"I love my cats because I love my home, and little by little they become its visible soul." Jean Couteau

Saturday, May 3, 2014

what happens when you pull your car too far into the garage

Back in December, we cleaned the rest of the old furniture out of our garage, so Zach's car could finally live in there. Of course, there's still a lot of stuff in the garage, and it's just barely big enough. The lawnmower lives on Zach's side of the garage, and he pulls right up to it, leaving about 3 inches between then back of his car and the closed garage door. Sometimes, he pulls in a little too far and nudges the lawnmower. Last week, he pulled in a little more too far and nudged the lawnmower into the water spigot, bending the knob attachment. I came home from work the next day to a mini river flowing from the hose out to the driveway because, with that attachment bent, the knob wouldn't fully close anymore.

  After turning off the water to that spigot, I easily took the knob attachment out, just by unscrewing it. I was hoping to only have to replace that part because attempting to unscrew the entire faucet+pipe was not successful. Unfortunately, the plumbing guy at Home Depot (who was extremely nice and helpful and talked to me at just the right level of knowledge) said that wouldn't really work. For starters, you can't just buy that inner piece. Plus, he said that if you just replaced that part, you couldn't really be sure that you got a good seal inside. So besides getting me the faucet+pipe piece I needed, he also recommended a penetrating lubricant (insert dirty joke here) to attempt to get the existing pipe to budge.

Now the fun could begin. In order to reach the oil back to the pipe fitting, I had to rip out some drywall. And it turned out to be super-thick drywall, about an inch thick, so cutting through it was not easy. Between a box-cutter, hacksaw, rubber mallet, and lots of elbow grease, I finally got enough drywall out that I could reach in and find the screw end of my pipe. 

I sprayed it liberally with the penetrating oil, let it sit and penetrate for a few minutes as instructed, hooked on my wrench, and attempted to turn. No luck. More oil, more waiting, more no movement. Eventually I gave up and waited for Zach to get home. I held the wrench while he gripped the faucet with some pliers and attempted to turn. No luck. More oil, still nothing. More oil, still nothing, other than Zach yanking so hard that I lost my grip on the wrench, which then smashed into my finger. At this point, we gave up again to wait until we could enlist help from our wonderful friend, who has helped me many times in the past (with this, and this, plus various other smaller things that haven't made it into this blog).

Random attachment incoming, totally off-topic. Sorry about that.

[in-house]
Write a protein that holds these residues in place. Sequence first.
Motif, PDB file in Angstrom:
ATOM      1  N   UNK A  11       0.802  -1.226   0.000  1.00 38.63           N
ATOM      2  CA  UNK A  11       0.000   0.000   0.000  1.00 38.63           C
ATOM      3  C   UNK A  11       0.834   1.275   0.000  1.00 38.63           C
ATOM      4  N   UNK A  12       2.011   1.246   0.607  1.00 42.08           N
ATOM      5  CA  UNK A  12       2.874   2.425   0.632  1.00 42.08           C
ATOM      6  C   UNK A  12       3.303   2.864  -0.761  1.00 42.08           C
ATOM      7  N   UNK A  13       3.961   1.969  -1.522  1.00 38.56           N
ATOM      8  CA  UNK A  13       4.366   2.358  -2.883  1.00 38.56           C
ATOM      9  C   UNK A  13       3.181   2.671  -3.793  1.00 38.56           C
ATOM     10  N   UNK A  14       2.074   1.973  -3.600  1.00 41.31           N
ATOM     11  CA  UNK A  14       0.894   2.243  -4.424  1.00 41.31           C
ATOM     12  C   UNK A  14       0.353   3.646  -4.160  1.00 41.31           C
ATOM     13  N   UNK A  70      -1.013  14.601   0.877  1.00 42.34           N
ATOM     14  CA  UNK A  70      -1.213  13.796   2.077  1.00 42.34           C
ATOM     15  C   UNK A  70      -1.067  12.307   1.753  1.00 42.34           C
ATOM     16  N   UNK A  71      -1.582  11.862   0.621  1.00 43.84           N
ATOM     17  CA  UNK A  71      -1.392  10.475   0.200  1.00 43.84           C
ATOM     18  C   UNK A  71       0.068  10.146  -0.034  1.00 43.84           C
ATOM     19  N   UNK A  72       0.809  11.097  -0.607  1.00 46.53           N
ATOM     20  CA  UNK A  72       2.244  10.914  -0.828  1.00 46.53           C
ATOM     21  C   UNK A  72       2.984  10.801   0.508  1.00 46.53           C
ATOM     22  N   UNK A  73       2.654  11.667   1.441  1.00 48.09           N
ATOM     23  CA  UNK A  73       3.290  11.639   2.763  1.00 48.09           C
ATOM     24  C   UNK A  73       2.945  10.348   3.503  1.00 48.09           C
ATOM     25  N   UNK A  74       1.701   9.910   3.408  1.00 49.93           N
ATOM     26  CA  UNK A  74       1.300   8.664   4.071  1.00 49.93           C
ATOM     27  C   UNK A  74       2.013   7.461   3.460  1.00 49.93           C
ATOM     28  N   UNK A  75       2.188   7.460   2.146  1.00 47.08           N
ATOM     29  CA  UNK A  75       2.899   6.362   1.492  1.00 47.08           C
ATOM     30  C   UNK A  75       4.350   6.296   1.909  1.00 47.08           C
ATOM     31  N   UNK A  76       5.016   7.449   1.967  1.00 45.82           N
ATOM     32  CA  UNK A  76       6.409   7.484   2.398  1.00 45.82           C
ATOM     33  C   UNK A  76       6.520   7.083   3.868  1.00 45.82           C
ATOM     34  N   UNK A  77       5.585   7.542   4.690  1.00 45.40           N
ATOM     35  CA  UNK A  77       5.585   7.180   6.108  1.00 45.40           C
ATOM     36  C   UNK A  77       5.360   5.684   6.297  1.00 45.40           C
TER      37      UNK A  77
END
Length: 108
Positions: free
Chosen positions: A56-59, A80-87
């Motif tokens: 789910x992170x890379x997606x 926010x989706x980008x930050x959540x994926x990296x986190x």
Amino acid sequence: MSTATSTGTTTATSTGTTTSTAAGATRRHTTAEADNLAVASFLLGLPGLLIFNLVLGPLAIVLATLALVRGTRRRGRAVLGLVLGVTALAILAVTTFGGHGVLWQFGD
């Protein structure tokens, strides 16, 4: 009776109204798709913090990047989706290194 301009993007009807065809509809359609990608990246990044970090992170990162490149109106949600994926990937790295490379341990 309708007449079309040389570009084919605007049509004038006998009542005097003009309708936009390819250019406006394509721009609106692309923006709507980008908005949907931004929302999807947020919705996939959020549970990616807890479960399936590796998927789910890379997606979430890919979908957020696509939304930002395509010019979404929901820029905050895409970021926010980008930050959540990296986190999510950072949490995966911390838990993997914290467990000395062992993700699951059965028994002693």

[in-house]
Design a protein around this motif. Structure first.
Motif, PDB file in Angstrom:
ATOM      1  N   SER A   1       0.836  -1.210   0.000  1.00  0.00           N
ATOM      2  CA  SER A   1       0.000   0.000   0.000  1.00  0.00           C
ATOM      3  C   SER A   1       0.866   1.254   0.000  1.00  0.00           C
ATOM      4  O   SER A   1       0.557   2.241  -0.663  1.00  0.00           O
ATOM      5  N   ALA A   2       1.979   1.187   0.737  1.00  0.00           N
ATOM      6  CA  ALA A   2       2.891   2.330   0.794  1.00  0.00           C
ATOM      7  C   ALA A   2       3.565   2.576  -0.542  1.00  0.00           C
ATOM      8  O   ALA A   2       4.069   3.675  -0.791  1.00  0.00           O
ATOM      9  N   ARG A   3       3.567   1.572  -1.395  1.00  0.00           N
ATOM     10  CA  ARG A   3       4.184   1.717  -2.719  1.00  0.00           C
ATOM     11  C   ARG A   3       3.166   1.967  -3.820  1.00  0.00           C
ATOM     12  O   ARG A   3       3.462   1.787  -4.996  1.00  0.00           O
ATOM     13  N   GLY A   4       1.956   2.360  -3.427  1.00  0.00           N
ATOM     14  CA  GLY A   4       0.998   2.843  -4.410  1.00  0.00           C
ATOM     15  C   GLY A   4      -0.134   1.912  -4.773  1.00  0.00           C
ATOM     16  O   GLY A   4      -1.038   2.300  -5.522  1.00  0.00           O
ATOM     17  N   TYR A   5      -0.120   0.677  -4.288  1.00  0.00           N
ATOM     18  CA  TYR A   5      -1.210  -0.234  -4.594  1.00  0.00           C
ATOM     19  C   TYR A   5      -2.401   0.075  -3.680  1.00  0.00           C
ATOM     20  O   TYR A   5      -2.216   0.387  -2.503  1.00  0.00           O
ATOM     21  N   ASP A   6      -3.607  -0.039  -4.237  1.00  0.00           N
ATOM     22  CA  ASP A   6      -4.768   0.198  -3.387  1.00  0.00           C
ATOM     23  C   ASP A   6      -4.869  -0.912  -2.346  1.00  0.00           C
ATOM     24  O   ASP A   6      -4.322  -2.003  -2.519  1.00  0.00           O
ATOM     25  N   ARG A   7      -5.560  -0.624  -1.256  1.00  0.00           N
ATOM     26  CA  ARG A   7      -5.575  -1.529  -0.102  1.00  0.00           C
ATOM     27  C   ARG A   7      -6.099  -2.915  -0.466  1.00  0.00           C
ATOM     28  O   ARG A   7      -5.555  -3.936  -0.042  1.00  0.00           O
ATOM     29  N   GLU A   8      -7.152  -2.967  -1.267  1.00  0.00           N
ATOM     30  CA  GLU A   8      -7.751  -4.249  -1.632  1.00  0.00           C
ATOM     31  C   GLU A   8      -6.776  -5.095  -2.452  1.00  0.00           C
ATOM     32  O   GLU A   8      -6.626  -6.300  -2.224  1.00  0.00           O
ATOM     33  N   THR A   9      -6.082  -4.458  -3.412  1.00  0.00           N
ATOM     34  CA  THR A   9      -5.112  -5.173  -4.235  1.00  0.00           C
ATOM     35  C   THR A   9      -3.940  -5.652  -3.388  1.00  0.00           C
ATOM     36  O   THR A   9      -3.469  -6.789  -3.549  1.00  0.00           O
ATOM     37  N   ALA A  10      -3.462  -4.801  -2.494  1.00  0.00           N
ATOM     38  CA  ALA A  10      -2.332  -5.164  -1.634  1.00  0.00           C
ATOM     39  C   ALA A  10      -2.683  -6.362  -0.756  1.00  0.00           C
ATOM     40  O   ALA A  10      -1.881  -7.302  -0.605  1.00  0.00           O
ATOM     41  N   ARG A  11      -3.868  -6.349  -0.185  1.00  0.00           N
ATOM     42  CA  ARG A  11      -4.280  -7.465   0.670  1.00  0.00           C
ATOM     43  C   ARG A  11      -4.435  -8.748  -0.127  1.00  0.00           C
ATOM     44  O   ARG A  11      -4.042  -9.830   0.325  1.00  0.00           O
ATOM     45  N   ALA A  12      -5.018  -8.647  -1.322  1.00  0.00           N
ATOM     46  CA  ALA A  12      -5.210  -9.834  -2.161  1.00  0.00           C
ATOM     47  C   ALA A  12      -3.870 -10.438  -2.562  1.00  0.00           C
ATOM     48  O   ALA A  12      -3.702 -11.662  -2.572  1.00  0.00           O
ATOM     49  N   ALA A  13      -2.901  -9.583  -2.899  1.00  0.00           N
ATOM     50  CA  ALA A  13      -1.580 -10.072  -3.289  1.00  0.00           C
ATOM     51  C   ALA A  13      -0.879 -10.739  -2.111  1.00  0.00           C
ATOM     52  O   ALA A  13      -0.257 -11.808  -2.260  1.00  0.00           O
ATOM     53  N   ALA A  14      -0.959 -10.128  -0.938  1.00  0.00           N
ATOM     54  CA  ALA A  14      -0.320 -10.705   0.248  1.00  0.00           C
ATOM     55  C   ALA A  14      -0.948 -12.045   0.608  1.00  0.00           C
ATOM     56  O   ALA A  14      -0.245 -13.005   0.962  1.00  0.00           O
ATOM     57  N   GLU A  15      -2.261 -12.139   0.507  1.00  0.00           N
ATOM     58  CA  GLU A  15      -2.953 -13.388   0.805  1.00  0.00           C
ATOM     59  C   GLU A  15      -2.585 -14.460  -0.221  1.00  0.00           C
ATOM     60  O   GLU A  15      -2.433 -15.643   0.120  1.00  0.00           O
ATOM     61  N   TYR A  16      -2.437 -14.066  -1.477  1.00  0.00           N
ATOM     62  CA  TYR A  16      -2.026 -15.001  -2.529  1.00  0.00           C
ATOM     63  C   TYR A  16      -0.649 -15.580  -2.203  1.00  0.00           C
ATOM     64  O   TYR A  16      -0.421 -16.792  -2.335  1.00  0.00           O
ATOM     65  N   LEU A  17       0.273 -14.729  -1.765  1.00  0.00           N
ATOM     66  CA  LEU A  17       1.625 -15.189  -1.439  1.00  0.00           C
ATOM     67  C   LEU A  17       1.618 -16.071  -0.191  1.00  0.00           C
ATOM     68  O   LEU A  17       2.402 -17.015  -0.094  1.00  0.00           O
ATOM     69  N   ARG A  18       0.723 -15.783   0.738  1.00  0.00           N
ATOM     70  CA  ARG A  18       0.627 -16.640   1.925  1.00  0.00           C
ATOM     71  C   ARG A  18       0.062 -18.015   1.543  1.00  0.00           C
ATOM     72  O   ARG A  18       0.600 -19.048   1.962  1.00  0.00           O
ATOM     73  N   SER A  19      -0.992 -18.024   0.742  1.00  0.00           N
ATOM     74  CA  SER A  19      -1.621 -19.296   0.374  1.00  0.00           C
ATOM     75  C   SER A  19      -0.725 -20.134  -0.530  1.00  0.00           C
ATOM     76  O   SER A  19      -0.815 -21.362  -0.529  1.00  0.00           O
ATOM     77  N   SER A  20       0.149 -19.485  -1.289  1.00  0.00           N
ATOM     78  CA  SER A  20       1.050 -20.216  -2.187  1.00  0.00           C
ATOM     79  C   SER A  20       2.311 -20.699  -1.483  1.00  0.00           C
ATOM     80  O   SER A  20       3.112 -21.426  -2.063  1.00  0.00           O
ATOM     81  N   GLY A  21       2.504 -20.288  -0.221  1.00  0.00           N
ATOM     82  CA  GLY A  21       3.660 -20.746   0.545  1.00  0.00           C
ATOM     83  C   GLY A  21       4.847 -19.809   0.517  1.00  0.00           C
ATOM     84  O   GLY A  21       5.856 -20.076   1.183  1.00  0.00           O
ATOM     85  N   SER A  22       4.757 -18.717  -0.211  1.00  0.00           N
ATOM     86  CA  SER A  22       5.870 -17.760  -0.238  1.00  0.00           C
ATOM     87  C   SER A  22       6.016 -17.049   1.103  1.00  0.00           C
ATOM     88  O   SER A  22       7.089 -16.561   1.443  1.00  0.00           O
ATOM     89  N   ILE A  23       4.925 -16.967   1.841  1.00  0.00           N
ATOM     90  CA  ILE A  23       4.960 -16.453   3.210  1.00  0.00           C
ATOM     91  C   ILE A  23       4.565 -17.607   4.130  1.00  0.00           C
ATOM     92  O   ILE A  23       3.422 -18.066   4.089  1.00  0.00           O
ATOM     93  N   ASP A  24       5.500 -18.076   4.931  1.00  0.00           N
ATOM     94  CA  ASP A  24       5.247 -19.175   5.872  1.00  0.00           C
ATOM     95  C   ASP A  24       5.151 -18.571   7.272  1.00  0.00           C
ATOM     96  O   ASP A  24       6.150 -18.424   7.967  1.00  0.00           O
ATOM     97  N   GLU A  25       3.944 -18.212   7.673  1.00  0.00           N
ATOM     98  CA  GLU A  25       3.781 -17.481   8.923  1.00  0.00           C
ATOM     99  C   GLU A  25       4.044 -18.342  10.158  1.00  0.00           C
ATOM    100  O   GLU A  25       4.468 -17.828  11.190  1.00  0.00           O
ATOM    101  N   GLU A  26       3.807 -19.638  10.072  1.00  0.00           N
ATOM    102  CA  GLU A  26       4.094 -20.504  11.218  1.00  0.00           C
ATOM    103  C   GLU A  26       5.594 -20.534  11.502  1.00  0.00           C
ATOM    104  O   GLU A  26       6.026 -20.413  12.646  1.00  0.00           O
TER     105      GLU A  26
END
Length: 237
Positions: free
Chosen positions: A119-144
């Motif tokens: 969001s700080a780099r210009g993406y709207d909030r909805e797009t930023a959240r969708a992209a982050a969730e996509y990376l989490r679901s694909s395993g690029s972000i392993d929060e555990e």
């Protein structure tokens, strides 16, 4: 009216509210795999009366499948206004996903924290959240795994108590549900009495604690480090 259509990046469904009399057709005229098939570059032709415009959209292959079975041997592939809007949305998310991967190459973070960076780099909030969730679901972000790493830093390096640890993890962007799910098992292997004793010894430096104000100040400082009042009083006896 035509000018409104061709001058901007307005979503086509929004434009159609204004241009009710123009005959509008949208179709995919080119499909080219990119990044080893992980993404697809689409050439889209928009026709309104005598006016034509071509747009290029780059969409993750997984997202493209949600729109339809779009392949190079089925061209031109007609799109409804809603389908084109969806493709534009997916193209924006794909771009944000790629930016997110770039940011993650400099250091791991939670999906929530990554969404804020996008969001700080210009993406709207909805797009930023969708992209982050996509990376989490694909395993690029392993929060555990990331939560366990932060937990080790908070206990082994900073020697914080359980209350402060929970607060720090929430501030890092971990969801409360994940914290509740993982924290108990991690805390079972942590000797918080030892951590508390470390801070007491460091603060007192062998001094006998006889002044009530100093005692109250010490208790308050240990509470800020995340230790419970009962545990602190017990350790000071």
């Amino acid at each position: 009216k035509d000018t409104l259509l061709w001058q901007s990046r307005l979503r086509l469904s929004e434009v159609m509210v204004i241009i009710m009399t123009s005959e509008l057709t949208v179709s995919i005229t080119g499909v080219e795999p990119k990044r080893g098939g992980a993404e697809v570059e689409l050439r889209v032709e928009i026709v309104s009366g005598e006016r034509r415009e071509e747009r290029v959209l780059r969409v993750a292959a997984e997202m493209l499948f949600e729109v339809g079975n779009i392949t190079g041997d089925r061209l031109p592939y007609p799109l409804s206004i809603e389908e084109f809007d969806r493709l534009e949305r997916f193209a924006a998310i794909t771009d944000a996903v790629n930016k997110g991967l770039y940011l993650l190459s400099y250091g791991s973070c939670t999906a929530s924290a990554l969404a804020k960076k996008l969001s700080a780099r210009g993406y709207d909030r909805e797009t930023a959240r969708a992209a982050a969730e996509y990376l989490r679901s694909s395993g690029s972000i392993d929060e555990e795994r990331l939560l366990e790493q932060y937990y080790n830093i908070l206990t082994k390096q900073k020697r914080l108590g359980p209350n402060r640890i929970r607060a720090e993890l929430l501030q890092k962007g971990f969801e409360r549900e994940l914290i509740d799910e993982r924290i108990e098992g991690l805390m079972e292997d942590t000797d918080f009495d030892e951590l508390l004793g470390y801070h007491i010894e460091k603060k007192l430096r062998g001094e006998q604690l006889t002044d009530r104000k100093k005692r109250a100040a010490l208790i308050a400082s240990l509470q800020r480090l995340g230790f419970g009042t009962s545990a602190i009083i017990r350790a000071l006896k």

The next evening, our friend came over, and between two strong men and two pairs of pliers, they finally got that pipe unscrewed! 

It turned out that the pipe/faucet that the Home Depot guy had picked for me was longer than what we had, so with pipe in hand, I went back to Home Depot and traded it in for a shorter one. It turned out they didn't have one that was actually the same length, but the shorter one wasn't MUCH shorter, and I already knew there was some wiggle room, so I went with that. 

We already had some Teflon tape, which I wrapped around the threaded end of the pipe for sealing help. I screwed it in by hand as tightly as I could, then enlisted Zach's help again to tighten it further with me holding the end still with pliers and Zach screwing the pipe in. We turned the water on and no leaking! Success!

Unfortunately, this project was still not done. As you can see from the above photo, there was still a hole in the wall. Since the drywall was so thick, I figured I could just screw the one side back in and glue the rest of it back together. And since it's in the garage and doesn't need to look nice, I decided to not even mud over it this point. This turned out to be less easy than anticipated, but eventually I got it closed up enough for a garage wall.

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